Open Compute Project Initiative Drives Efficiency in New Data Center Designs

By Amy Goetzman | January 30, 2024

The OPC has grown into a collaborative community in which interconnect suppliers work with technology innovators to drive innovation and efficiency in data center infrastructure through open-source hardware.


The Open Compute Project (OCP) is an initiative that aims to design and share open-source hardware technologies, including interconnects, to help create more efficient data centers. The need is urgent to refine the complex IT infrastructure needed to process, store, and transfer the massive and growing volumes of data used for artificial intelligence, streaming media, cloud computing, industrial automation, transportation, digital finance, and other computing activities. Thousands of concrete fortresses around the world already house servers, routers, and storage devices, and humanity’s increasing reliance on data-intensive activities has led to a global boom in data center development. Supersized facilities called hyperscale data centers now account for 37% of data center capacity — and growing. Bloomberg estimates the data center industry will expand by an average of 15% every year from 2022 to reach a valuation of $89.3 billion by 2030.

While these facilities support the development of exciting new technologies, they are a growing environmental threat. Data centers consume enormous amounts of land, resources, and infrastructure. In 2021, Google’s data centers alone consumed 4.3 billion gallons of water. Agriculture lands are being converted to warehouse parks. The energy use of data centers is staggering; an analysis of just one product, NVIDIA’s H100 AI GPU, deployed in data centers around the world (and with another 3.5 million units expected to ship in 2024) estimates a global power consumption of 13,000 GWh of electricity annually, “greater than the power consumption of some entire countries.”

In 2022, Meta’s electricity use surpassed 115,000 GWh (115 terawatt hours), a 22% year-over-year increase. Back in 2011, when the company (then known as Facebook) used 53 GWh of electricity, it founded the OCP as an industry-wide collaborative effort to improve data center efficiency, with a focus on optimizing the hardware used in its data centers. In the big picture, Meta’s energy use demonstrates that data center growth is far surpassing efforts to operate these facilities efficiently. However, it could be much worse; Meta’s OCP-designed data center prototype was nearly 40% more energy efficient to build and 24% less costly to operate than the company’s previous generation datacenters.

To reduce energy use, OCP focuses on bringing efficiency to servers, storage, networking, and facility design. Although it is not a standards body, its members collaborate on the development of specifications and designs that are openly shared with the community. Meta and other players in the tech industry are joined by research and academic partners. In January 2024, OCP announced an alliance with Infrastructure Masons, the global nonprofit dedicated to reducing the carbon impact of digital infrastructure. Hardware suppliers play a key role in developing the high-speed, high-density connectivity products to help meet OCP’s goals. Interconnect suppliers such as Amphenol, Avnet, Bel, BizLink, HARTING, JPC Connectivity, Molex, Positronic, Phoenix Contact, Samtec, TE Connectivity, and others contribute expertise and offer OCP-compliant products.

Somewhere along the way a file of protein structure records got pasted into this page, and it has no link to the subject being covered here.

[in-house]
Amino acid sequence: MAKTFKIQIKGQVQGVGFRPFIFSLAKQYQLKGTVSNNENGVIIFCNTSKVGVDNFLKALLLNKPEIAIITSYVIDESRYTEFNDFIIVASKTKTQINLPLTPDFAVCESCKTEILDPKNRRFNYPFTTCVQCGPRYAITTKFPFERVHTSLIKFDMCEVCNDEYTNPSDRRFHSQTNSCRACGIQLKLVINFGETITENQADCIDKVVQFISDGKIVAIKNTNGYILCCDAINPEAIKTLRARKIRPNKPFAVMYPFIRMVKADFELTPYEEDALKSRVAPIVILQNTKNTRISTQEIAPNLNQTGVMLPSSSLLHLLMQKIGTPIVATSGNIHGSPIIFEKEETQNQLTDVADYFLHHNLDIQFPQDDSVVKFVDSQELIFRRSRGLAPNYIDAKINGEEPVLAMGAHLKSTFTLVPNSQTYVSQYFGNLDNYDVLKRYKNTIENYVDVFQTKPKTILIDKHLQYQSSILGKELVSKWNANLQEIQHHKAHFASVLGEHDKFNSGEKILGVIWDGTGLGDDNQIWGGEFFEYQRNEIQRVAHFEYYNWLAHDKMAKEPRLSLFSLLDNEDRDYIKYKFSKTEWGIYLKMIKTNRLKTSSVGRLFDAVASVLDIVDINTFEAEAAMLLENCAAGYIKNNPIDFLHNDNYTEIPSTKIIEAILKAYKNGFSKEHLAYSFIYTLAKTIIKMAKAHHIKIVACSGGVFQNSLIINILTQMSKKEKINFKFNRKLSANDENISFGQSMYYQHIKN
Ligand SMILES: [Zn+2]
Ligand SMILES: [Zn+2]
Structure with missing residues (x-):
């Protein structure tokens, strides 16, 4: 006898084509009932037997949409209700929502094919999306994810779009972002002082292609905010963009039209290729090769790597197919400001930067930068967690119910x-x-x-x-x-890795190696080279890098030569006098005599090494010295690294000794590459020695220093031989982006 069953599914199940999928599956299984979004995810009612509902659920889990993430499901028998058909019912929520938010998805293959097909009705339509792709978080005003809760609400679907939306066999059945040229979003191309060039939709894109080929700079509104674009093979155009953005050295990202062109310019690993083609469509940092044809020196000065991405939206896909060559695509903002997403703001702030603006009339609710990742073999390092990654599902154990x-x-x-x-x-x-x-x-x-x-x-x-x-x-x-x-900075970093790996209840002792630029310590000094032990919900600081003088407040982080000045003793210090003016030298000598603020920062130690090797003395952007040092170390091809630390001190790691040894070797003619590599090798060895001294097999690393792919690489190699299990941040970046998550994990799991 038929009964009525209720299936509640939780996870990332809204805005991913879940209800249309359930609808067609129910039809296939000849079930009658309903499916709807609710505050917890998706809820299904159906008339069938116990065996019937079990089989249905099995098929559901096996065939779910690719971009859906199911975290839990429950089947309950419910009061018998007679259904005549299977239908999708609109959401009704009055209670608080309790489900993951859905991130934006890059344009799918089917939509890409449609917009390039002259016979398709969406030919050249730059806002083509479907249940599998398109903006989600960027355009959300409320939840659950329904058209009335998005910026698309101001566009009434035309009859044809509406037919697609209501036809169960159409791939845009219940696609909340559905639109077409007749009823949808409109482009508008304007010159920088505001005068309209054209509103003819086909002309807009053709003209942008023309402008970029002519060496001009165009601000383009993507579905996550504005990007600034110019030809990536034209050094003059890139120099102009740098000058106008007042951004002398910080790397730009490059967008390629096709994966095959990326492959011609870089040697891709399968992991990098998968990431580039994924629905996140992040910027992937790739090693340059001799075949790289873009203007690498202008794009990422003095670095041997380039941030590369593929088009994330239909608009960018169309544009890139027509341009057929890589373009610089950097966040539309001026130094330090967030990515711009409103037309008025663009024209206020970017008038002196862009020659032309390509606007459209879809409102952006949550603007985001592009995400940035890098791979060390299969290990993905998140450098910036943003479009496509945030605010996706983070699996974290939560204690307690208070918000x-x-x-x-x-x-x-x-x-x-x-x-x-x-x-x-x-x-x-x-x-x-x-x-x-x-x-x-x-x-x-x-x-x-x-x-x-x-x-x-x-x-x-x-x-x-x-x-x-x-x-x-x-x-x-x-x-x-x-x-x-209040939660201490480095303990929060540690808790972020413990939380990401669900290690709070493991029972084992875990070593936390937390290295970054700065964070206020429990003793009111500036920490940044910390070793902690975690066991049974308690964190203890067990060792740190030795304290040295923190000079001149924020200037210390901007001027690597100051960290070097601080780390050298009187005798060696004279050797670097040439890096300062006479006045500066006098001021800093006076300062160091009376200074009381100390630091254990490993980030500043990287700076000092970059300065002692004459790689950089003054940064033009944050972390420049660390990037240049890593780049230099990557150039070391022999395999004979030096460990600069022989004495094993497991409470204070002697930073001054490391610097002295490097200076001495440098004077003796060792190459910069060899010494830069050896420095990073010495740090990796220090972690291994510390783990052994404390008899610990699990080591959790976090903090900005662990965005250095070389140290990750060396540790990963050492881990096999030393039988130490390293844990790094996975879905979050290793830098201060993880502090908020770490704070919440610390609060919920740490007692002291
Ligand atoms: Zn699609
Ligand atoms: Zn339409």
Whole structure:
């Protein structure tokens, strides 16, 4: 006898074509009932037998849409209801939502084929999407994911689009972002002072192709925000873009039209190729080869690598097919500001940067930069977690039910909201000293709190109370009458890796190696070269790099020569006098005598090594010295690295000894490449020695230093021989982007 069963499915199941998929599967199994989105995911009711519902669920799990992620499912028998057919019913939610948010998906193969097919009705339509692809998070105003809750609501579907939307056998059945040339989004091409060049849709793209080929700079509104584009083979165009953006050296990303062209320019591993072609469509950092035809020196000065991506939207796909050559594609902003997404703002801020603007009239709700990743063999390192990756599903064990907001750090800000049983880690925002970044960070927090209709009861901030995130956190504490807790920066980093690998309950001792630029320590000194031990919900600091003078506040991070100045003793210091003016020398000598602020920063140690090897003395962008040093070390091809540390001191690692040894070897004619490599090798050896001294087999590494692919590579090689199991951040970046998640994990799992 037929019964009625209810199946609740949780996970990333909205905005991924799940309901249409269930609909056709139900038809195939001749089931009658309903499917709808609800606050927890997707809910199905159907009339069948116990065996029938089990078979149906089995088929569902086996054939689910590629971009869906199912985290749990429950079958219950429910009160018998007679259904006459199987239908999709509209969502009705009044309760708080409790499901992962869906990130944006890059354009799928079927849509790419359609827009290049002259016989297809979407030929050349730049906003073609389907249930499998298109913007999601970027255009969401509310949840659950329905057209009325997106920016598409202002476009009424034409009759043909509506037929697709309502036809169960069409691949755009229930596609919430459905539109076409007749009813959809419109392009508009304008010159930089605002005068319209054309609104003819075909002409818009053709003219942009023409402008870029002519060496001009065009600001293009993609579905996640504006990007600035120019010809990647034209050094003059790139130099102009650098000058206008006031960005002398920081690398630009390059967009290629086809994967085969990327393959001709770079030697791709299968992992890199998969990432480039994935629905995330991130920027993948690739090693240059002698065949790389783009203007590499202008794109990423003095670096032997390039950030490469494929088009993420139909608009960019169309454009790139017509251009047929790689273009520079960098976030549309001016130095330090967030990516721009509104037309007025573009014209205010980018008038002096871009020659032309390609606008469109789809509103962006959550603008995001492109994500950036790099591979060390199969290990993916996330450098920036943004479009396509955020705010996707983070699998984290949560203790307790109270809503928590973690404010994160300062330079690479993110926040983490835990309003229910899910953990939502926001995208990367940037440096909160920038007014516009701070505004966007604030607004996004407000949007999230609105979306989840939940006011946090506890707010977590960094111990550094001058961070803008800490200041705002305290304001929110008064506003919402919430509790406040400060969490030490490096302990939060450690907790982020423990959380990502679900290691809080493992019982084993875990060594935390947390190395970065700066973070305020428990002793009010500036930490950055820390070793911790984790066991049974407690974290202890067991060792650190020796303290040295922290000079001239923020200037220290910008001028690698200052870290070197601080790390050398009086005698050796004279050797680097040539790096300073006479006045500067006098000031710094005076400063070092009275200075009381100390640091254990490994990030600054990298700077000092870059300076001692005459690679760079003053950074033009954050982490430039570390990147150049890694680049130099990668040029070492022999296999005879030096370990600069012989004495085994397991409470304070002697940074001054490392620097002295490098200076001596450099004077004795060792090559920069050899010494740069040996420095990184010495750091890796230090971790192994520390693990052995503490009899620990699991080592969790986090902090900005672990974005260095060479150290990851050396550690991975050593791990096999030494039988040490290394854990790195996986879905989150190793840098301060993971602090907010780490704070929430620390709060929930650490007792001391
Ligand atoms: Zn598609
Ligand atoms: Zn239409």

BizLink at the 2023 OCP Global Summit

BizLink at the 2023 OCP Global Summit

OCP’s open model encourages a diverse ecosystem of hardware vendors, allowing data center designers to choose from a range of OCP-compliant products designed with a focus on energy efficiency, scalability, and cost-effectiveness. Products include servers, storage solutions, networking equipment, interconnects, and specialized hardware for AI and machine learning workloads. OCP’s influence extends beyond traditional data centers, with efforts to address edge computing and other emerging technologies.

Positronic co-authored many aspects of OCP’s Open Rack V3 (ORV3) Power Shelf Universal Input Connector specification and designed its power connector components, including the OCP ORV3 universal AC input connector and turn-key AC whip cable assemblies to ORV3 specifications.

The result of designing with OCP hardware is enhanced performance and scalability compared to traditional solutions. OCP products are designed to be modular and flexible, allowing for seamless expansion and adaptation to growing data demands. Cost savings can be significant: OCP hardware is designed to optimize efficiency, reduce power consumption, and minimize operational costs.

“Bel Fuse was a founding member of OCP where our best-in-class power solutions were quickly adopted for data center deployment due to our leading efficiencies and power densities. For example, early on in OCP V2 deployment we were solving power zone requirements exceeding 80kW within a 5OU space,” -Ian Warner, director of business development – AC/DC products at Bel Fuse Inc. “As the community moves to OrV3, we continue leading the way with 8OU Titanium+ Power solutions up to 192kWs. These achievements became possible because of our collaboration with leading data center integrators like Circle-B.”